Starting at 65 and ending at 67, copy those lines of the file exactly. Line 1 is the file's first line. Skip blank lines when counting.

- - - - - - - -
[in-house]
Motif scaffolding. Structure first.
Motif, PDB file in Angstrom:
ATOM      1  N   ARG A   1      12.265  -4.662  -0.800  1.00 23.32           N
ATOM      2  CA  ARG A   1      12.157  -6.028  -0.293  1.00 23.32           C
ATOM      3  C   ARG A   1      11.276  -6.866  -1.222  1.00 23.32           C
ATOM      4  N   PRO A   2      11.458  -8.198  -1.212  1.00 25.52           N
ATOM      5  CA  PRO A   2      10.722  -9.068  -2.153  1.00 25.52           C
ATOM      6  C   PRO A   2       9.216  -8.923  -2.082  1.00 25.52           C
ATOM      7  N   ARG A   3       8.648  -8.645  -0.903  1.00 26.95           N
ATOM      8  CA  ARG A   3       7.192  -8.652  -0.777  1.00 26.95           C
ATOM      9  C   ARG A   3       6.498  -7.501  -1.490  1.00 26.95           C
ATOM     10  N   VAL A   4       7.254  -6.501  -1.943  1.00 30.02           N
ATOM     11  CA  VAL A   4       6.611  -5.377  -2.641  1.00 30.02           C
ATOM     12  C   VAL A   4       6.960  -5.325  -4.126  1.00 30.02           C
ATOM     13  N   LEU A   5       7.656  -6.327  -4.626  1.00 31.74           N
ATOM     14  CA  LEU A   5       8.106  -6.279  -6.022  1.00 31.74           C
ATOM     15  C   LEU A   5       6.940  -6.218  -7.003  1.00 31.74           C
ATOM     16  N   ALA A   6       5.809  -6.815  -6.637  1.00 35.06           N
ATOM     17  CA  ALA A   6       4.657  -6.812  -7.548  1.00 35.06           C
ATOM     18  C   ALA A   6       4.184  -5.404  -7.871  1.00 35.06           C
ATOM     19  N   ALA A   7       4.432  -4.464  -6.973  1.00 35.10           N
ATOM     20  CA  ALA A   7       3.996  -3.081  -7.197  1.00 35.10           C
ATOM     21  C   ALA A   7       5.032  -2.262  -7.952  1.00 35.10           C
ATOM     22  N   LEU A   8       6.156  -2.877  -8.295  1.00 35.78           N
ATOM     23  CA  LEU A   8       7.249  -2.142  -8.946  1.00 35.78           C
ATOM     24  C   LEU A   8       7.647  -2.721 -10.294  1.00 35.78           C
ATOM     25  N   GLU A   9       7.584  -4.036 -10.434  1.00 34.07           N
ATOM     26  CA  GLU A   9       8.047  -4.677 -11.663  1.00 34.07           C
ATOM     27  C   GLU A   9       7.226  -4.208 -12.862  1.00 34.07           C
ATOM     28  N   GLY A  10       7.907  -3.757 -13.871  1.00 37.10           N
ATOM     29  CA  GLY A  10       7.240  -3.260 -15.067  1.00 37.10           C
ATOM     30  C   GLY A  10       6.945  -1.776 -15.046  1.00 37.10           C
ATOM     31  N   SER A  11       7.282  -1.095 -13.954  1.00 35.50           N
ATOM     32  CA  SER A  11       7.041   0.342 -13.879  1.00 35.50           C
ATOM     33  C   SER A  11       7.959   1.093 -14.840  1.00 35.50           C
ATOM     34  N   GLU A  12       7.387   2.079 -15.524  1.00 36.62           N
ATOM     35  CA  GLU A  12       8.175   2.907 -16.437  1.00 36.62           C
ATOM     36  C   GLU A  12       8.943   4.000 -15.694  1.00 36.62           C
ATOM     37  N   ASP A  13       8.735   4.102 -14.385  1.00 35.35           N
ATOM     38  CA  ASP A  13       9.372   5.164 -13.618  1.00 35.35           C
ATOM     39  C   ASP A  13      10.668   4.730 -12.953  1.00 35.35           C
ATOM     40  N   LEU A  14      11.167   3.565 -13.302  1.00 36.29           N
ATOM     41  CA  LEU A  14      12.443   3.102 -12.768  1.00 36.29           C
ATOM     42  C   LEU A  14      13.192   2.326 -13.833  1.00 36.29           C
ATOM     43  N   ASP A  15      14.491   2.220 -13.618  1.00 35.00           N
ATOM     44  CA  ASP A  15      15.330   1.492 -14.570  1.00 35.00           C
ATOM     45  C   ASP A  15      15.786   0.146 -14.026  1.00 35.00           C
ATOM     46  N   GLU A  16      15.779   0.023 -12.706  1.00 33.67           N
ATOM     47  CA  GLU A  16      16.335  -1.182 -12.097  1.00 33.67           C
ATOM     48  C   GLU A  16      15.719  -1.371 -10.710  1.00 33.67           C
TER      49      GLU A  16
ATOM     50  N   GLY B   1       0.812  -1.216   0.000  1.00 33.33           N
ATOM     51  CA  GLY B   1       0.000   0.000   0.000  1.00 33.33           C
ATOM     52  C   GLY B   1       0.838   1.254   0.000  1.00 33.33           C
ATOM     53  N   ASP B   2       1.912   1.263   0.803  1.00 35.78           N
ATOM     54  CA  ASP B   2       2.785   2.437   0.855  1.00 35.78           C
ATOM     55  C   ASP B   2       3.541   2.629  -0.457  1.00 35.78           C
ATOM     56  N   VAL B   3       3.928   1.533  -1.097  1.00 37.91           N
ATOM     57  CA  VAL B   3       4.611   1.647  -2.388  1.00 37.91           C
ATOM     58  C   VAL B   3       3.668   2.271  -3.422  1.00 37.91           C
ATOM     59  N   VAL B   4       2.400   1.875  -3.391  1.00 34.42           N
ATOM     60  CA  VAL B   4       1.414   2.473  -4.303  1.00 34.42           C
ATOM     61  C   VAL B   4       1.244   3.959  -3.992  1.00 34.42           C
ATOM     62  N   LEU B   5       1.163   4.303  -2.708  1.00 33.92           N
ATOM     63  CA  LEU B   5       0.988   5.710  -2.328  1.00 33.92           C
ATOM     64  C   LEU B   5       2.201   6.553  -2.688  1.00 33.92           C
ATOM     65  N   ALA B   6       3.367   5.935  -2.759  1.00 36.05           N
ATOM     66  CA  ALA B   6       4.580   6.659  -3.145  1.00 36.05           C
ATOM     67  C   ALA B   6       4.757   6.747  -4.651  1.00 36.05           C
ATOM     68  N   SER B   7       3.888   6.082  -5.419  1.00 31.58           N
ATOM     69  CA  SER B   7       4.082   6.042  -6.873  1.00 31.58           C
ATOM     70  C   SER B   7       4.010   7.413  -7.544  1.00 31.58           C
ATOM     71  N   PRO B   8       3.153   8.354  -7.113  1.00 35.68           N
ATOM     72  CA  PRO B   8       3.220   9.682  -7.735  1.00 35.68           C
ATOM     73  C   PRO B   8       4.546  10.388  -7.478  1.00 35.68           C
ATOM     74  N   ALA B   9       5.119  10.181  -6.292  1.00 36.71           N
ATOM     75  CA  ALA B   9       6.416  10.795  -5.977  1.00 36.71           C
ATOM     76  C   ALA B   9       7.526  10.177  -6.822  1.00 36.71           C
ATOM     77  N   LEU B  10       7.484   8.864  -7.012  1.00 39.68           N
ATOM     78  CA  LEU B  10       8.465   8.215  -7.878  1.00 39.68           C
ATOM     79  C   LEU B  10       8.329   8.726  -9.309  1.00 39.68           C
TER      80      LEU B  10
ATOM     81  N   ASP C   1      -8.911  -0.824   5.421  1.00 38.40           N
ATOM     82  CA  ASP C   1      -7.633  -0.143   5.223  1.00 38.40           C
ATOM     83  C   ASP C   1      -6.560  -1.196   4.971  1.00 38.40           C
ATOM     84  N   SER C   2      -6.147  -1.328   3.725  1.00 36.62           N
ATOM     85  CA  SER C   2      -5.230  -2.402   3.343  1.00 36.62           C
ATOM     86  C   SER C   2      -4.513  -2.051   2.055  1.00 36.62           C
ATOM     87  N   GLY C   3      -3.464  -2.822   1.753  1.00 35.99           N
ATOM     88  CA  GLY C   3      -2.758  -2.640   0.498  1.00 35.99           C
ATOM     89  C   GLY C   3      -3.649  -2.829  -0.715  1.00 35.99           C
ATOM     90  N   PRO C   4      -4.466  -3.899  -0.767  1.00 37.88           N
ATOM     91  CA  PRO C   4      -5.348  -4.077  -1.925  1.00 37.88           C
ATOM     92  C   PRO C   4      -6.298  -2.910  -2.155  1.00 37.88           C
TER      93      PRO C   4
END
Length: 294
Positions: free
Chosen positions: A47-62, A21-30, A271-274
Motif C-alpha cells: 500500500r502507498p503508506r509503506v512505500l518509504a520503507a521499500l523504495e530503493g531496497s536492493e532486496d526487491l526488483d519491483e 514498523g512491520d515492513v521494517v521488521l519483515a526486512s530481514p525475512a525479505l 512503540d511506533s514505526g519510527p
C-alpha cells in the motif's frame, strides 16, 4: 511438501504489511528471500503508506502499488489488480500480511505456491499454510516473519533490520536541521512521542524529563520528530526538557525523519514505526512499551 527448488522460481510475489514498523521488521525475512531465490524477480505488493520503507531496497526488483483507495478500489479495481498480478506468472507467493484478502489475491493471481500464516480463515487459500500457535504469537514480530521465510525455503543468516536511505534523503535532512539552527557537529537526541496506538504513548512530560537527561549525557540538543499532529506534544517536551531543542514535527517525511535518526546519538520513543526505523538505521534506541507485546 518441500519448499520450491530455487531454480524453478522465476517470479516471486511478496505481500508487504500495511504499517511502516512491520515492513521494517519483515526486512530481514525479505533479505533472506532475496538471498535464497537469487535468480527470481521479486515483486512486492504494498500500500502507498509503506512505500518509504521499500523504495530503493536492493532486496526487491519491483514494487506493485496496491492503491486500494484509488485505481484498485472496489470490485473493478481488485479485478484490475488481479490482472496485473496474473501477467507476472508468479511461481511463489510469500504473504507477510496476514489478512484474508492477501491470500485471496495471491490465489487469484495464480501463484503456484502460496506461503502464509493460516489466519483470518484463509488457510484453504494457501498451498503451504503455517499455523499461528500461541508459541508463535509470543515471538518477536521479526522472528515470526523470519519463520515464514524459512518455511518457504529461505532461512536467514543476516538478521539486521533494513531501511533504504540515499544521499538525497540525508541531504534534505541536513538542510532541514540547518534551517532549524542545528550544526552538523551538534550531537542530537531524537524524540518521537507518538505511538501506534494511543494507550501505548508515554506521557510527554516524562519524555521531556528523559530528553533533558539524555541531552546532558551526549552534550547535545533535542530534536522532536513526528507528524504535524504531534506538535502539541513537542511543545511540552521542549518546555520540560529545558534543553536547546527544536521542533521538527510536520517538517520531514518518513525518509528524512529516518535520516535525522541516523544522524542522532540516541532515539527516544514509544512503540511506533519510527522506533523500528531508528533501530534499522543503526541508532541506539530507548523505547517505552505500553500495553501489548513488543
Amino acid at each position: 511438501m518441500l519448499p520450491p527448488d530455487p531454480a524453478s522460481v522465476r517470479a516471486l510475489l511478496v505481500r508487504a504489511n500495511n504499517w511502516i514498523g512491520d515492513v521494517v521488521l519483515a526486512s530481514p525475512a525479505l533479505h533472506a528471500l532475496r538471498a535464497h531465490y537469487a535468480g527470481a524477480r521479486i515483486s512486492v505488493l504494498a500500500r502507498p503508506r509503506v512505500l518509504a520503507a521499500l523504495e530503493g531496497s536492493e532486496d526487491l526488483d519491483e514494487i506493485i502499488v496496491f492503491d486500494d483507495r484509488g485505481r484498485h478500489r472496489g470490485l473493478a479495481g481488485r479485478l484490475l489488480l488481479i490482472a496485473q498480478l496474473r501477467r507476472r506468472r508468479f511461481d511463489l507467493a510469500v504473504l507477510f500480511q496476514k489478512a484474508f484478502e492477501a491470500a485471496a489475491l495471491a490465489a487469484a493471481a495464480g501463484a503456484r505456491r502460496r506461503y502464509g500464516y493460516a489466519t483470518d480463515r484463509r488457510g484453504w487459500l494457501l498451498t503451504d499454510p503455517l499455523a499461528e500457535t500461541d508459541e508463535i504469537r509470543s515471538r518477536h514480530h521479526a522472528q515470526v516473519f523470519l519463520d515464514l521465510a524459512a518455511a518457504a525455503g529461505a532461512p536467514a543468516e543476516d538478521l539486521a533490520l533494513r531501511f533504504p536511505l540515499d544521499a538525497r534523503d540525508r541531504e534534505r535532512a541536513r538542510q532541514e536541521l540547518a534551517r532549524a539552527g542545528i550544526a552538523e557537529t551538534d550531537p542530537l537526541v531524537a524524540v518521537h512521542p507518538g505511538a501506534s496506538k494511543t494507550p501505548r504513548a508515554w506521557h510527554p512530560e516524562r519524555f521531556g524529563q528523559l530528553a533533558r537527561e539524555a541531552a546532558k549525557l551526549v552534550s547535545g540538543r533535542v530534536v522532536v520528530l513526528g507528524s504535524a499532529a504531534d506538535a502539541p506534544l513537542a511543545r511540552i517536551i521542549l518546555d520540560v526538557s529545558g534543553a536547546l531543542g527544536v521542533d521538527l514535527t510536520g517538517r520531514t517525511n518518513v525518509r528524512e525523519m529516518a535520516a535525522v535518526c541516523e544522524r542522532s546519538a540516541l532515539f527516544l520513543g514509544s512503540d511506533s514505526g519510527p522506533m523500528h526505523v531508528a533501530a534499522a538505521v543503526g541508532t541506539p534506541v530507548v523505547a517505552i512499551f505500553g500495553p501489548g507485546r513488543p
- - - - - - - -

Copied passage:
ATOM     62  N   LEU B   5       1.163   4.303  -2.708  1.00 33.92           N
ATOM     63  CA  LEU B   5       0.988   5.710  -2.328  1.00 33.92           C
ATOM     64  C   LEU B   5       2.201   6.553  -2.688  1.00 33.92           C